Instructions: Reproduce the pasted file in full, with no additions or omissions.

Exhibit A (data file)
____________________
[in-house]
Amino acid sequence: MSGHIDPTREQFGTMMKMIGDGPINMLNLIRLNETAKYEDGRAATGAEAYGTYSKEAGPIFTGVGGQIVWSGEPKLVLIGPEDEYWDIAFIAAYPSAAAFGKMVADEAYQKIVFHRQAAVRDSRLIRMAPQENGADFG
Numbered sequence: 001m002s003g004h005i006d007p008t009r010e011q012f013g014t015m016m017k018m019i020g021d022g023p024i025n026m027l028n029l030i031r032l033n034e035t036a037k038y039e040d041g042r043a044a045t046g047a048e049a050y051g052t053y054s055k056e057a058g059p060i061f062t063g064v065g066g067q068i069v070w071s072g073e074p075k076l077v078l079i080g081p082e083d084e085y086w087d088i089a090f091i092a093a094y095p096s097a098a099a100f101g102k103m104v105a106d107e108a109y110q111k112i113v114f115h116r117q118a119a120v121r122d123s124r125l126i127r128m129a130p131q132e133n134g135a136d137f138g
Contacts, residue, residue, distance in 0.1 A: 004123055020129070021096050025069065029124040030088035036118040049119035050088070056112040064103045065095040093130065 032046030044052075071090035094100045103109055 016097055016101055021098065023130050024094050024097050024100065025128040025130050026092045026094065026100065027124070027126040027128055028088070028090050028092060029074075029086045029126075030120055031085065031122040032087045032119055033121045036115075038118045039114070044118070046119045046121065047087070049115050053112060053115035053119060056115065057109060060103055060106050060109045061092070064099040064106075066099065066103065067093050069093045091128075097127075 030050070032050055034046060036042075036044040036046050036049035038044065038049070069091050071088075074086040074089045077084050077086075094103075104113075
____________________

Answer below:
[in-house]
Amino acid sequence: MSGHIDPTREQFGTMMKMIGDGPINMLNLIRLNETAKYEDGRAATGAEAYGTYSKEAGPIFTGVGGQIVWSGEPKLVLIGPEDEYWDIAFIAAYPSAAAFGKMVADEAYQKIVFHRQAAVRDSRLIRMAPQENGADFG
Numbered sequence: 001m002s003g004h005i006d007p008t009r010e011q012f013g014t015m016m017k018m019i020g021d022g023p024i025n026m027l028n029l030i031r032l033n034e035t036a037k038y039e040d041g042r043a044a045t046g047a048e049a050y051g052t053y054s055k056e057a058g059p060i061f062t063g064v065g066g067q068i069v070w071s072g073e074p075k076l077v078l079i080g081p082e083d084e085y086w087d088i089a090f091i092a093a094y095p096s097a098a099a100f101g102k103m104v105a106d107e108a109y110q111k112i113v114f115h116r117q118a119a120v121r122d123s124r125l126i127r128m129a130p131q132e133n134g135a136d137f138g
Contacts, residue, residue, distance in 0.1 A: 004123055020129070021096050025069065029124040030088035036118040049119035050088070056112040064103045065095040093130065 032046030044052075071090035094100045103109055 016097055016101055021098065023130050024094050024097050024100065025128040025130050026092045026094065026100065027124070027126040027128055028088070028090050028092060029074075029086045029126075030120055031085065031122040032087045032119055033121045036115075038118045039114070044118070046119045046121065047087070049115050053112060053115035053119060056115065057109060060103055060106050060109045061092070064099040064106075066099065066103065067093050069093045091128075097127075 030050070032050055034046060036042075036044040036046050036049035038044065038049070069091050071088075074086040074089045077084050077086075094103075104113075